Market Perspective for November 6, 2021

Equities climbed to new highs this week after the Federal Reserve declined to combat rising inflation. Although the Federal Reserve admitted inflation was taking longer to become transitory, Chairman Jerome Powell said the central bank is committed to long-term inflation and not short-term price fluctuations. The Federal Reserve did announce the tapering of quantitative easing will begin this month though, with the Fed buying $105 billion in treasury and mortgage bonds, down from $120 billion. Barring no changes, the taper will complete in June.

The small-cap Russell 2000 Index advanced 6.09 percent, followed by the Nasdaq up 3.05 percent, the S&P 500 Index 2.00 percent and the Dow Jones Industrial Average 1.42 percent. Gold gained 1.91 percent on the week, with all the gains coming after the Federal Reserve meeting. iShares 20+ Year Treasury (TLT) climbed 1.18 percent.

The October employment report was strong across the board. Wage growth met expectations of 0.4 percent, unemployment was 4.6 percent, slightly better than the consensus forecast. Net new jobs blew away forecasts at 531,000 along with upward revisions of more than 100,000 for the prior two months. Removing the statistical adjustments in the government data, there were actually 1.6 million new jobs. All sectors showed substantial gains, led by restaurants, manufacturing and professional services. The numbers are particularly strong considering vaccine mandates in some industries. Healthcare, for example, lags other sectors with nearly 500,000 fewer jobs than before the pandemic. Warehouse and transportation employment has already exceeded their pre-pandemic levels.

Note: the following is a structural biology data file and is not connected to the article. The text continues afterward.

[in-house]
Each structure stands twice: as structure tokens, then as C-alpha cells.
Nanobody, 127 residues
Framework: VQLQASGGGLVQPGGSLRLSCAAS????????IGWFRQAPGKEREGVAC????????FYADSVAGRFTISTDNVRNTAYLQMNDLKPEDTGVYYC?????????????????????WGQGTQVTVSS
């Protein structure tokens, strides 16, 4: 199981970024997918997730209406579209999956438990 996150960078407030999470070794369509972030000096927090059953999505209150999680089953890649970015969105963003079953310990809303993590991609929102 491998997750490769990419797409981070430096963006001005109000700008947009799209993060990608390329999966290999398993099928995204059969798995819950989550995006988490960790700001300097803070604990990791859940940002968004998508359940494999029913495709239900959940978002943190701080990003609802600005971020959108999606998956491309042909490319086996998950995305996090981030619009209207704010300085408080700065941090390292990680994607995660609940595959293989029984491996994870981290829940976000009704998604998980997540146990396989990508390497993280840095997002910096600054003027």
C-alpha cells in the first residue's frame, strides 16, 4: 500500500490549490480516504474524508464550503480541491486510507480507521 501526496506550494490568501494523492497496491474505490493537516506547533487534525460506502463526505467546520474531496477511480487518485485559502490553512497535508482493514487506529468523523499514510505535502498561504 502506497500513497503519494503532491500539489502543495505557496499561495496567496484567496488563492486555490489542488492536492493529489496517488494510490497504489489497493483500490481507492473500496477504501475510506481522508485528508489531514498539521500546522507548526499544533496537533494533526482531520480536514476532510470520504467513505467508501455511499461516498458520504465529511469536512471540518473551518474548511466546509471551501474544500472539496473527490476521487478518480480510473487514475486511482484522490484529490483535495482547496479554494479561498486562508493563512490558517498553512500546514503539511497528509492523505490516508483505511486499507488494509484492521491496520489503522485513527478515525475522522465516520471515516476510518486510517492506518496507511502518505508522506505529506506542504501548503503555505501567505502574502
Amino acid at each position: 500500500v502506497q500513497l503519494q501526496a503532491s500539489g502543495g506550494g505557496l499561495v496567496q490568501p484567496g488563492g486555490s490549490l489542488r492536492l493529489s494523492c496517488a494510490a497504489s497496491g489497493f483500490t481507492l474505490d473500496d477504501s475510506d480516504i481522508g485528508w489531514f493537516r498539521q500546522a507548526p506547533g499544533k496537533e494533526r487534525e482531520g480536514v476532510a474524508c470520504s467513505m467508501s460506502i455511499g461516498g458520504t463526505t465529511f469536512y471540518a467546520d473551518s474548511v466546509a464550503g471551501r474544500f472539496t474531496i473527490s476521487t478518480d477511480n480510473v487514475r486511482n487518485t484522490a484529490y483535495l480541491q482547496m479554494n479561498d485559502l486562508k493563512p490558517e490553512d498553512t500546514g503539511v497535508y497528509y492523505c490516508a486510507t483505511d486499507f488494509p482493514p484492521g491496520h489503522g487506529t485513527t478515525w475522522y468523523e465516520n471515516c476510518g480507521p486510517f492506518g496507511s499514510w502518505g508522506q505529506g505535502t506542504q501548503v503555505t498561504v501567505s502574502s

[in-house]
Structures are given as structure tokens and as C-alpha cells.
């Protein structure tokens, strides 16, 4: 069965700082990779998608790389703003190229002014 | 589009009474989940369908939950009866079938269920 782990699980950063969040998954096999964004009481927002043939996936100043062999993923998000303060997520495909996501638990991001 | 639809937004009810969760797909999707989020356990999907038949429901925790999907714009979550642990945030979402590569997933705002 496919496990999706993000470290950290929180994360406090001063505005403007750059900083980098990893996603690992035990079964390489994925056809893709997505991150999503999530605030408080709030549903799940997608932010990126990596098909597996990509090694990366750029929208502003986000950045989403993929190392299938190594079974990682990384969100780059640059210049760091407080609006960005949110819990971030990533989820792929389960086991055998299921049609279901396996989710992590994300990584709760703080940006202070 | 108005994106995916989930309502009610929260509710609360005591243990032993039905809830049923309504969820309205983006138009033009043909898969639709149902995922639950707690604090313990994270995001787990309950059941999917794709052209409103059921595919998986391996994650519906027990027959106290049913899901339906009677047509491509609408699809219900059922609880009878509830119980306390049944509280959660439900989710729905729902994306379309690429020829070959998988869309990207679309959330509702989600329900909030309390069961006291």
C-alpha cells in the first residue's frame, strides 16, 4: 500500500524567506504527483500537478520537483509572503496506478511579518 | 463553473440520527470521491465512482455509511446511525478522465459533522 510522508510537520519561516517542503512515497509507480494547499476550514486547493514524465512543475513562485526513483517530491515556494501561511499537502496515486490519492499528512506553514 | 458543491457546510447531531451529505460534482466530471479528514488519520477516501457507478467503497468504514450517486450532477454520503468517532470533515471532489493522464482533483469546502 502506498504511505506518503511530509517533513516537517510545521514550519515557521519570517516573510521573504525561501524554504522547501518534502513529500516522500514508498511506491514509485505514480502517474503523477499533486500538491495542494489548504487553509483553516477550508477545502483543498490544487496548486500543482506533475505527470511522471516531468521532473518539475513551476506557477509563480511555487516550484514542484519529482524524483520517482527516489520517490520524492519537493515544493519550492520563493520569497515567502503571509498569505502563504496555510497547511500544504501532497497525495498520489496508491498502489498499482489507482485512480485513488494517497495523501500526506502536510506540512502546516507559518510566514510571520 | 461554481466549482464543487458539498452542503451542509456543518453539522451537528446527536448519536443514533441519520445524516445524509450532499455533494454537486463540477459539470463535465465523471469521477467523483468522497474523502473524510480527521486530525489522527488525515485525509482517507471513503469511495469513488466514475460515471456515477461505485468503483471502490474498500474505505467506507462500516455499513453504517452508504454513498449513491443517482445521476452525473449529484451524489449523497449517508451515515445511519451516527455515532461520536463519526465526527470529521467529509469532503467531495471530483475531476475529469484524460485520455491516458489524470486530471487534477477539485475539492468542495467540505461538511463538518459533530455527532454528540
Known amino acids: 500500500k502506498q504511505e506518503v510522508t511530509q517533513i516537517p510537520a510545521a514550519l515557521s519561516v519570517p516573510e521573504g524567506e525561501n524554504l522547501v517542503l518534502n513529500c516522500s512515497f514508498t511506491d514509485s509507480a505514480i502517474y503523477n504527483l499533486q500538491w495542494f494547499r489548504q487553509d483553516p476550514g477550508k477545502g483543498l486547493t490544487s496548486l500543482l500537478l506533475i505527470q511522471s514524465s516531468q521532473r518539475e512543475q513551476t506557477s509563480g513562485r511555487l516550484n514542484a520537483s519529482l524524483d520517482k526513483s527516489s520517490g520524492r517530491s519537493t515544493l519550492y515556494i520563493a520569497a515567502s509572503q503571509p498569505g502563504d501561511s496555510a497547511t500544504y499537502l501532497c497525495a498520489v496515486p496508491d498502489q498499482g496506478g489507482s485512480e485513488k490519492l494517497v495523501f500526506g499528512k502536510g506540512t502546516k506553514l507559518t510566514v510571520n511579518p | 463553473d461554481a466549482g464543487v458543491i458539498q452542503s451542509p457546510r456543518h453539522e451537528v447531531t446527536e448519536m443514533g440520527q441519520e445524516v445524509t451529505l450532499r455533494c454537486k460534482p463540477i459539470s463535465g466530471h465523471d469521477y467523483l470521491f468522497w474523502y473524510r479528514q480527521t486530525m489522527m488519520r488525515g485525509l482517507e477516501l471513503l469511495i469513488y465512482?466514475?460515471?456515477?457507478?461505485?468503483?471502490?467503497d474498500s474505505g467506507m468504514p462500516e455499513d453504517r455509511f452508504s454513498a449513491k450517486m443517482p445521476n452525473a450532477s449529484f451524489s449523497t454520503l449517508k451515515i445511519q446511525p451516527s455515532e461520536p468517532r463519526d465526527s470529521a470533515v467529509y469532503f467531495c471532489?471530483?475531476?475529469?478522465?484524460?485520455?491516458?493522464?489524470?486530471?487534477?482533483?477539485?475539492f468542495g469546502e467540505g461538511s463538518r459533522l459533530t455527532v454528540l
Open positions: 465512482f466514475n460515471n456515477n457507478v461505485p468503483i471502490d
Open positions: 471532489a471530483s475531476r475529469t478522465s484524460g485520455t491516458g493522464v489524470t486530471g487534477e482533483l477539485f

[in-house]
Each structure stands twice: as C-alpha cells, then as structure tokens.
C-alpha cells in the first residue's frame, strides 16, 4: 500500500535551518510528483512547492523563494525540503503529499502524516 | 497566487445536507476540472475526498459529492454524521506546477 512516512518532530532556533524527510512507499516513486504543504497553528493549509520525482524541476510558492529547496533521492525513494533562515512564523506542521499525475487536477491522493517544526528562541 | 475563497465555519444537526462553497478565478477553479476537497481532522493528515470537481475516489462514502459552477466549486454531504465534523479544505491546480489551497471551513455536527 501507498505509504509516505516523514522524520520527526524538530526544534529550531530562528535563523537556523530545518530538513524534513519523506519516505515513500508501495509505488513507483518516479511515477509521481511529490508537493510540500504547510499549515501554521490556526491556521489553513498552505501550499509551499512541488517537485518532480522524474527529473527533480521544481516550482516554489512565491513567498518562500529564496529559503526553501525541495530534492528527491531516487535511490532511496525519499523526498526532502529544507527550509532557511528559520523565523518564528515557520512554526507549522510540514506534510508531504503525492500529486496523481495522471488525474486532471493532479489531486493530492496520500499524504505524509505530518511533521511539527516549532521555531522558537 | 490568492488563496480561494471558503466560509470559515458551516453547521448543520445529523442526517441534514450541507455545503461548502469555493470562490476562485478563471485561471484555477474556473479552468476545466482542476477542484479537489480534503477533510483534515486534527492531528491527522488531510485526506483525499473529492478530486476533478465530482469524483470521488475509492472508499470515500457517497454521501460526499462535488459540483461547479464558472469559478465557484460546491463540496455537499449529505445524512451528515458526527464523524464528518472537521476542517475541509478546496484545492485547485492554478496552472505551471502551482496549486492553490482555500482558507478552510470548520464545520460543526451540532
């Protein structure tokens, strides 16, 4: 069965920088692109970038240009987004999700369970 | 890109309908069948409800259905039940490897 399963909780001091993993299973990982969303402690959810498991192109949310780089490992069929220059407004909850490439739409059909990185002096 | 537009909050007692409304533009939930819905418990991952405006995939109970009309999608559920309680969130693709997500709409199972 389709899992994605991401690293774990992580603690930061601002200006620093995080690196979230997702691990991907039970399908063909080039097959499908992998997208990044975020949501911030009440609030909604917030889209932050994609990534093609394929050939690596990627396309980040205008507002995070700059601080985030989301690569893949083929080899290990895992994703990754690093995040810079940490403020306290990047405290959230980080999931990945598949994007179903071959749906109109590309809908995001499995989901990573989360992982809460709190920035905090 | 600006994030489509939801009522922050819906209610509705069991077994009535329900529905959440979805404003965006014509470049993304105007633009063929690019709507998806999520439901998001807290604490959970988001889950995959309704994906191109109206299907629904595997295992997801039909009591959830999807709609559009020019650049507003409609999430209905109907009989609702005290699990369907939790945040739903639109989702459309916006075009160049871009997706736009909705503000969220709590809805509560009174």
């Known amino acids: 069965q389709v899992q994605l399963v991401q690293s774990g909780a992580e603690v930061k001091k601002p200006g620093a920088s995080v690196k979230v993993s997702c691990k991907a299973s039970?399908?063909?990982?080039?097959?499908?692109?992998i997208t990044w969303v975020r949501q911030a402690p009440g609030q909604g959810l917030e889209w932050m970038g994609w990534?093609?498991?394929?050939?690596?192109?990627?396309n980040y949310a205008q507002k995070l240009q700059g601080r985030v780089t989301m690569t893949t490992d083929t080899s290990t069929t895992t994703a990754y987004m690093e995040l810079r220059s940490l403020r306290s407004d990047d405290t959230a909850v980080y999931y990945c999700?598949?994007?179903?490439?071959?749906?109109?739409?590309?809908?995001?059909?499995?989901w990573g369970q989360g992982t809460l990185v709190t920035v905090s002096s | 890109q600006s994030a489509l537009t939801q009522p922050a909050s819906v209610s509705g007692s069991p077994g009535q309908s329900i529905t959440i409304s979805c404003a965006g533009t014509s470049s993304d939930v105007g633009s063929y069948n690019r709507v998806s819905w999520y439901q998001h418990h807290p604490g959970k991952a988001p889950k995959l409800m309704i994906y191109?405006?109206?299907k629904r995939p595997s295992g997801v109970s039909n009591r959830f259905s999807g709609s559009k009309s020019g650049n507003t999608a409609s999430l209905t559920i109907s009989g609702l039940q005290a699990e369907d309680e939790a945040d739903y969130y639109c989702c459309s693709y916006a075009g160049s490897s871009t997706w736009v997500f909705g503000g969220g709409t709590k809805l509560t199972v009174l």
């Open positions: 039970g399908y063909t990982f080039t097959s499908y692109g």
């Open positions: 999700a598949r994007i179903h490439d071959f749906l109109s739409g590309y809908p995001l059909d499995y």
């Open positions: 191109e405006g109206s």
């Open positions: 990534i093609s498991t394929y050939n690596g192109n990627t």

The ISM services PMI hit a new all-time high at 66.7 percent.

The Atlanta Federal Reserve’s GDP Now model upped its fourth quarter growth estimate to 8.5 percent in light of the positive data out this week.

Crude oil declined this week, with West Texas Intermediate crude closing at $81.27 per barrel. This will be an important commodity in the coming weeks because should it resume its ascent, the market could quickly determine the Federal Reserve made a policy error in its dovish tone.

The 10-year treasury bond yield plunged to 1.45 percent on Friday, down from near 1.70 percent a little more than 2 weeks ago.

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